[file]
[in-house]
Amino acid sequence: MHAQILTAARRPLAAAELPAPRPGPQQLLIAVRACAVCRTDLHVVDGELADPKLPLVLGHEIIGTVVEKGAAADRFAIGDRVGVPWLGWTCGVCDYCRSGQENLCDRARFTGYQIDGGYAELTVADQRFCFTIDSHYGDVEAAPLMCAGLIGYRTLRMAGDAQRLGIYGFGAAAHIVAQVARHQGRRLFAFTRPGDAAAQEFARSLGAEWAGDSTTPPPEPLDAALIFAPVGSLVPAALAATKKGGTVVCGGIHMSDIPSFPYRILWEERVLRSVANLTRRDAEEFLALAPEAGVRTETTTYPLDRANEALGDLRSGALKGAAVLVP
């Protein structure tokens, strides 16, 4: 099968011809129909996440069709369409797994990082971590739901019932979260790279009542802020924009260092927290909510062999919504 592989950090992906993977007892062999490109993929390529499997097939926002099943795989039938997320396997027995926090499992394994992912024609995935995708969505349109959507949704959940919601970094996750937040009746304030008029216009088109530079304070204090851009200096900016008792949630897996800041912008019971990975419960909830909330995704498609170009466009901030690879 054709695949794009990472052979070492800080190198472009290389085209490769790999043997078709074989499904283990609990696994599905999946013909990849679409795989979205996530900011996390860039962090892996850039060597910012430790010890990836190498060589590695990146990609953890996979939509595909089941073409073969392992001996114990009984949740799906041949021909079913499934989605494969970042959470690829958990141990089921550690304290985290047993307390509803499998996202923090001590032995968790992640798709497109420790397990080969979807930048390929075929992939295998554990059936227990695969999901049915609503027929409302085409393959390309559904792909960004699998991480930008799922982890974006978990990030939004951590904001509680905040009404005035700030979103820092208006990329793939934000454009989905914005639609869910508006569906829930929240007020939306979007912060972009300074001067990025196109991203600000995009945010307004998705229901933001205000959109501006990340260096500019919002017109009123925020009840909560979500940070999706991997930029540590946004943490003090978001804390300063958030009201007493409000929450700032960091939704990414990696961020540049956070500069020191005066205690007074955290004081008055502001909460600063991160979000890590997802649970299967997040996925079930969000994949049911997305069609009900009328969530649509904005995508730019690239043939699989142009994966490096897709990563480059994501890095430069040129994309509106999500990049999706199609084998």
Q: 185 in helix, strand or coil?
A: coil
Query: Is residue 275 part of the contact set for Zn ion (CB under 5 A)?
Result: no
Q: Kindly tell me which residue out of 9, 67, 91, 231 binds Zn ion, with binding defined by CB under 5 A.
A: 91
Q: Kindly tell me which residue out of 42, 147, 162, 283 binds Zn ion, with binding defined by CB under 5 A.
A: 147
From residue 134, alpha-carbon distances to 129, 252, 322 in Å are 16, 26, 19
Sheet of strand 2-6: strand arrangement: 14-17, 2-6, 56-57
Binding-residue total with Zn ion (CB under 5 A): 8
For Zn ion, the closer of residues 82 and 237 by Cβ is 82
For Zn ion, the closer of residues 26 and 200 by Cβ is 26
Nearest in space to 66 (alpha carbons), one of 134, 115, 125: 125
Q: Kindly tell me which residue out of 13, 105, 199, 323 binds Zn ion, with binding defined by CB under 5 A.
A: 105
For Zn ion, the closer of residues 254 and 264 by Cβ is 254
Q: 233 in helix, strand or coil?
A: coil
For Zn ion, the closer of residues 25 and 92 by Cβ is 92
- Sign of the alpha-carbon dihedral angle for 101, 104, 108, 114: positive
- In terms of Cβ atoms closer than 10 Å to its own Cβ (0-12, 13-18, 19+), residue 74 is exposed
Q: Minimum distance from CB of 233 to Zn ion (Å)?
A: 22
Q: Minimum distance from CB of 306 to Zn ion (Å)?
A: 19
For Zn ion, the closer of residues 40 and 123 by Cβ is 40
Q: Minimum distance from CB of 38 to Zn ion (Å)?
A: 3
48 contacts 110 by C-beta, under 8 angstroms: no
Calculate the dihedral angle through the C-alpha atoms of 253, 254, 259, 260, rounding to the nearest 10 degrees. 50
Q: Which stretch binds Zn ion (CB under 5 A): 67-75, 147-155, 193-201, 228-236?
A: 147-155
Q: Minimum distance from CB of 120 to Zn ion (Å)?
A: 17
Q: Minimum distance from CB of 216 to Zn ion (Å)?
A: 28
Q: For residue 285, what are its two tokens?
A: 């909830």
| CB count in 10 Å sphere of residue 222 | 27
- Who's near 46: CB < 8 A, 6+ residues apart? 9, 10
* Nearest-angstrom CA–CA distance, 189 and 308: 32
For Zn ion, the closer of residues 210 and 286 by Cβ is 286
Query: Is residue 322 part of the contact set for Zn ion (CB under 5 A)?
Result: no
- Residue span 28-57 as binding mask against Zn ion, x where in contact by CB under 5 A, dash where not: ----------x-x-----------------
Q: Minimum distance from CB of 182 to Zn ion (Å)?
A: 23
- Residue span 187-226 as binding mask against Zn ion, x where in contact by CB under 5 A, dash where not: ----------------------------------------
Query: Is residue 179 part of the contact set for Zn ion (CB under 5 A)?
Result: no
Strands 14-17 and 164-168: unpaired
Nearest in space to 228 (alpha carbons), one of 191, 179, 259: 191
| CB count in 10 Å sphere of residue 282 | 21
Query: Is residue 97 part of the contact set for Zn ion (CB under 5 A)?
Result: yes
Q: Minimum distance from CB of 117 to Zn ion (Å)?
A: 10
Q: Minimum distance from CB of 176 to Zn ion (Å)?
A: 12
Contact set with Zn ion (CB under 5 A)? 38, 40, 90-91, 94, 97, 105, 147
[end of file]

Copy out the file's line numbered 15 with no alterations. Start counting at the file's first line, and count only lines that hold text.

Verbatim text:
For Zn ion, the closer of residues 82 and 237 by Cβ is 82